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Sep 23, 2005
Living in Qatar
- Joyce Anne Agacer Email this article

conventional long form: State of Qatar
conventional short form: Qatar
local long form: Dawlat Qatar
local short form: Qatar

Qatar is often mispronounced because too much emphasis goes to the "tar" syllable. The correct way is "'kä-t&r." The “&” is like the "a" or "u" in "abut." The emphasis is slightly toward the first syllable. The closest approximation of the native pronunciation falls between cutter and gutter, but not like guitar


Capital: Doha

Government Type: traditional monarchy


Qatar: An Overview

Small in size (one third of the size of Belgium), Qatar is enormous in value. It has achieved within decades what other countries take centuries to accomplish. Its citizens embrace the future with unswerving optimism and enviable potential. Hospitable, generous and kind, Qatari's make visitors to their country feel very welcome. Qatar is an ideal family location and a very safe place to visit, live and work. Standards of living are high as the infrastructure continues to develop rapidly. Now more than ever, Qatar is ripe for discovery by tourists from all over the world.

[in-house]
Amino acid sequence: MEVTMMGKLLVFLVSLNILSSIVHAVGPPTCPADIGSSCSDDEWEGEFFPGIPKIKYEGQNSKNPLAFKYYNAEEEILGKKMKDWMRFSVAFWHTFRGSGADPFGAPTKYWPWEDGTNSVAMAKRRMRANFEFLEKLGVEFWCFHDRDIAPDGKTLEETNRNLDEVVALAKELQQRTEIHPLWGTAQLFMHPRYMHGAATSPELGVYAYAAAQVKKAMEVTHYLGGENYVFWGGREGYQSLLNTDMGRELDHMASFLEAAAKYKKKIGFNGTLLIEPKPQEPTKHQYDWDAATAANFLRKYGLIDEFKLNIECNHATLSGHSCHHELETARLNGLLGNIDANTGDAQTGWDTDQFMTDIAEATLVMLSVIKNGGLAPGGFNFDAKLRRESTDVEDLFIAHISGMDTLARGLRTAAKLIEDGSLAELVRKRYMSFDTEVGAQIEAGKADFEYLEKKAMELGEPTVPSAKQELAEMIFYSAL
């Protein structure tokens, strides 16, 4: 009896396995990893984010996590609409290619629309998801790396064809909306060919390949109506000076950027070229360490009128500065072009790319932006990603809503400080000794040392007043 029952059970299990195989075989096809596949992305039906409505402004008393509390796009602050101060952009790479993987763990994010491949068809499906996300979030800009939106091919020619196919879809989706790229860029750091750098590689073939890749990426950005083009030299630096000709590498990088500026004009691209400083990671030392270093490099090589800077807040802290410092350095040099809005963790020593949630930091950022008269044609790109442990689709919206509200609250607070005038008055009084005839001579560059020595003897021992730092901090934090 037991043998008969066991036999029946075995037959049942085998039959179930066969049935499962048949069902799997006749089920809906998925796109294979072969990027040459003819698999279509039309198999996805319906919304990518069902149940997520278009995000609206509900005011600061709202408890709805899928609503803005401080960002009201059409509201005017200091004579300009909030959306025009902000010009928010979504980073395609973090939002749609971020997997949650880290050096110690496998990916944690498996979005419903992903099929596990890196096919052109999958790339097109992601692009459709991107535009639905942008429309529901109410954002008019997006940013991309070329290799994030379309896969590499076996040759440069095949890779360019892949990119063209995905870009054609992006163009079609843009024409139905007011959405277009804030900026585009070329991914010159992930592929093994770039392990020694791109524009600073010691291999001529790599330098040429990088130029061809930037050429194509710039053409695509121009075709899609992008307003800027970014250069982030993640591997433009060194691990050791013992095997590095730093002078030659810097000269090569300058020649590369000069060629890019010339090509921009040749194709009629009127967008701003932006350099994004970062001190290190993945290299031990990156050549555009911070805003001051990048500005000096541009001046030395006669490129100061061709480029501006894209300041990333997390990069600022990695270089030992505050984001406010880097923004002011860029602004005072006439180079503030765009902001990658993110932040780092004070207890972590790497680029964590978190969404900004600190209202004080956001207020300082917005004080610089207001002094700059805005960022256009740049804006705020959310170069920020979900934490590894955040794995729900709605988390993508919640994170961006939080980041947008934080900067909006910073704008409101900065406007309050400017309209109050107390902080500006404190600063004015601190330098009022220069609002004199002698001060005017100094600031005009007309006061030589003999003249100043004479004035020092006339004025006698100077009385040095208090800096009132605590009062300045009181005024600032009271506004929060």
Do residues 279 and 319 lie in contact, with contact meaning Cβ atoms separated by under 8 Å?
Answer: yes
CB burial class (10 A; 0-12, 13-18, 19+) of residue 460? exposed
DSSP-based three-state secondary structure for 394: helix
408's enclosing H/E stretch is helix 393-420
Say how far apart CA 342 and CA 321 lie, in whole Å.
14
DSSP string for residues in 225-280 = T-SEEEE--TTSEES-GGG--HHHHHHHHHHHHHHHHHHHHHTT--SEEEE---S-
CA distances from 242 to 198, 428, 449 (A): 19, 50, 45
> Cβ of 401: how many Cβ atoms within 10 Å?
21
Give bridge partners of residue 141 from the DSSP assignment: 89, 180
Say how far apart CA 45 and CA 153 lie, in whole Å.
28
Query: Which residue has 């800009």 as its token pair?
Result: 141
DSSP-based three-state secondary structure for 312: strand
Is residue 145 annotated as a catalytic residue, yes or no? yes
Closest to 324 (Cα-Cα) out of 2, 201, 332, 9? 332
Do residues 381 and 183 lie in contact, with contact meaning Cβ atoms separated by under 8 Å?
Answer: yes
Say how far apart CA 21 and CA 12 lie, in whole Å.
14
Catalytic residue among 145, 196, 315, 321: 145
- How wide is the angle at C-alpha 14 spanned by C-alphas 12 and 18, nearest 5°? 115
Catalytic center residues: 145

Location: Middle East, peninsula bordering the Persian Gulf and Saudi Arabia


    Total: 11,437 sq km
    Land: 11,437 sq km
    Water: 0 sq km

Climate: arid; mild, pleasant winters; very hot, humid summers

Size: 11,437 square kilometers.



Topography: Mostly low-lying, barren terrain.






863,051 (July 2005 est.)



         noun: Qatari(s)

         adjective: Qatari


Religion:  Muslim 95%


Ethnic Groups:  Arab 40%, Pakistani 18%, Indian 18%, Iranian 10%, other 14%


Language:  Arabic (official), English commonly used as a second language


Only about 30% of the residents of Qatar are actually citizens of Qatar. The population includes large communities of Indians, Pakistanis and Iranians, and smaller communities of Filipinos, Bangladeshis, Sudanese, Afghans, Sri Lankans and Britons.



Qatar's economy is very strong, due to its abundance of oil and natural gas reserves. This means that there is significant ongoing investment being made into the local infrastructure to support high standards of living and the successful development of tourism.


GDP: purchasing power parity - $19.49 billion (2004 est.)


Qatar in the Future

Qatar's hosting of the Asian games in 2006 has brought along with it various infrastructural obligations. Qatar has already started work on the construction of an estimated $700 million 'Asian Games Village'. It is also hoping to have a new International Airport ready in time for the Asian Games. Qatar continues to be the choice venue for conducting various international seminars and conferences.


Qatar's long-term vision has also led it to invest heavily in education, through the development of an 'educat

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